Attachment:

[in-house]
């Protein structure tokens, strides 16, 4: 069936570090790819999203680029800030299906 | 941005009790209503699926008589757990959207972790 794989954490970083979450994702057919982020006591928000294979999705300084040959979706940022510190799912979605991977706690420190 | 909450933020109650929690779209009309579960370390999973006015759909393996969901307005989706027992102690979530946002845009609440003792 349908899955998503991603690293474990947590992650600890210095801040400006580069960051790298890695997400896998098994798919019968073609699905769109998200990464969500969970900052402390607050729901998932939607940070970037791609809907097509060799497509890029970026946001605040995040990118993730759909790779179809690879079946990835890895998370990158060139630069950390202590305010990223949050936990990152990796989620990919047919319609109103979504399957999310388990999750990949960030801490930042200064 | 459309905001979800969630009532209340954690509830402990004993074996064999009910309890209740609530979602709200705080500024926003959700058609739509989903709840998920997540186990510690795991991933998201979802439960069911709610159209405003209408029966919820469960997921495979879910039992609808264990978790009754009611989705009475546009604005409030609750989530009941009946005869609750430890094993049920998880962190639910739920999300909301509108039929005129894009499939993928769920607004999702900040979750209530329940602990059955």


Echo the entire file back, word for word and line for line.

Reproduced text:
[in-house]
């Protein structure tokens, strides 16, 4: 069936570090790819999203680029800030299906 | 941005009790209503699926008589757990959207972790 794989954490970083979450994702057919982020006591928000294979999705300084040959979706940022510190799912979605991977706690420190 | 909450933020109650929690779209009309579960370390999973006015759909393996969901307005989706027992102690979530946002845009609440003792 349908899955998503991603690293474990947590992650600890210095801040400006580069960051790298890695997400896998098994798919019968073609699905769109998200990464969500969970900052402390607050729901998932939607940070970037791609809907097509060799497509890029970026946001605040995040990118993730759909790779179809690879079946990835890895998370990158060139630069950390202590305010990223949050936990990152990796989620990919047919319609109103979504399957999310388990999750990949960030801490930042200064 | 459309905001979800969630009532209340954690509830402990004993074996064999009910309890209740609530979602709200705080500024926003959700058609739509989903709840998920997540186990510690795991991933998201979802439960069911709610159209405003209408029966919820469960997921495979879910039992609808264990978790009754009611989705009475546009604005409030609750989530009941009946005869609750430890094993049920998880962190639910739920999300909301509108039929005129894009499939993928769920607004999702900040979750209530329940602990059955």